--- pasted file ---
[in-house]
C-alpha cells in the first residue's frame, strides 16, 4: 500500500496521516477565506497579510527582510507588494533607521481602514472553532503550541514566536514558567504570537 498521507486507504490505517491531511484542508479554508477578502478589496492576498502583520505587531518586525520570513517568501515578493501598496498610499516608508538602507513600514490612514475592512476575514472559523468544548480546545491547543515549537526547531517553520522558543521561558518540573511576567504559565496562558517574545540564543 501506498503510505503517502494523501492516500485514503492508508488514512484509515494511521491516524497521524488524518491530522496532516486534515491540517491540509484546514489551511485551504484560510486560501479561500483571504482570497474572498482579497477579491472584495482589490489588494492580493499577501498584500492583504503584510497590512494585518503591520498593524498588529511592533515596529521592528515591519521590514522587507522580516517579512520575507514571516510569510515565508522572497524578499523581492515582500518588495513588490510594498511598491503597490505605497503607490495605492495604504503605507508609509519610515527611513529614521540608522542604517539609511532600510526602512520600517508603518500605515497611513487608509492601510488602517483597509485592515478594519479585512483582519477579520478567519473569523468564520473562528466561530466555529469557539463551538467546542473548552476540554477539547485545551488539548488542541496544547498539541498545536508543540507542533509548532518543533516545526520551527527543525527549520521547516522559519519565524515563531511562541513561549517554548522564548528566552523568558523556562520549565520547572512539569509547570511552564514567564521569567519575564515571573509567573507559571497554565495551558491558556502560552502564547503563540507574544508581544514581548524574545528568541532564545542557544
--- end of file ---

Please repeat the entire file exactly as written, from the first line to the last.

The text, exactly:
[in-house]
C-alpha cells in the first residue's frame, strides 16, 4: 500500500496521516477565506497579510527582510507588494533607521481602514472553532503550541514566536514558567504570537 498521507486507504490505517491531511484542508479554508477578502478589496492576498502583520505587531518586525520570513517568501515578493501598496498610499516608508538602507513600514490612514475592512476575514472559523468544548480546545491547543515549537526547531517553520522558543521561558518540573511576567504559565496562558517574545540564543 501506498503510505503517502494523501492516500485514503492508508488514512484509515494511521491516524497521524488524518491530522496532516486534515491540517491540509484546514489551511485551504484560510486560501479561500483571504482570497474572498482579497477579491472584495482589490489588494492580493499577501498584500492583504503584510497590512494585518503591520498593524498588529511592533515596529521592528515591519521590514522587507522580516517579512520575507514571516510569510515565508522572497524578499523581492515582500518588495513588490510594498511598491503597490505605497503607490495605492495604504503605507508609509519610515527611513529614521540608522542604517539609511532600510526602512520600517508603518500605515497611513487608509492601510488602517483597509485592515478594519479585512483582519477579520478567519473569523468564520473562528466561530466555529469557539463551538467546542473548552476540554477539547485545551488539548488542541496544547498539541498545536508543540507542533509548532518543533516545526520551527527543525527549520521547516522559519519565524515563531511562541513561549517554548522564548528566552523568558523556562520549565520547572512539569509547570511552564514567564521569567519575564515571573509567573507559571497554565495551558491558556502560552502564547503563540507574544508581544514581548524574545528568541532564545542557544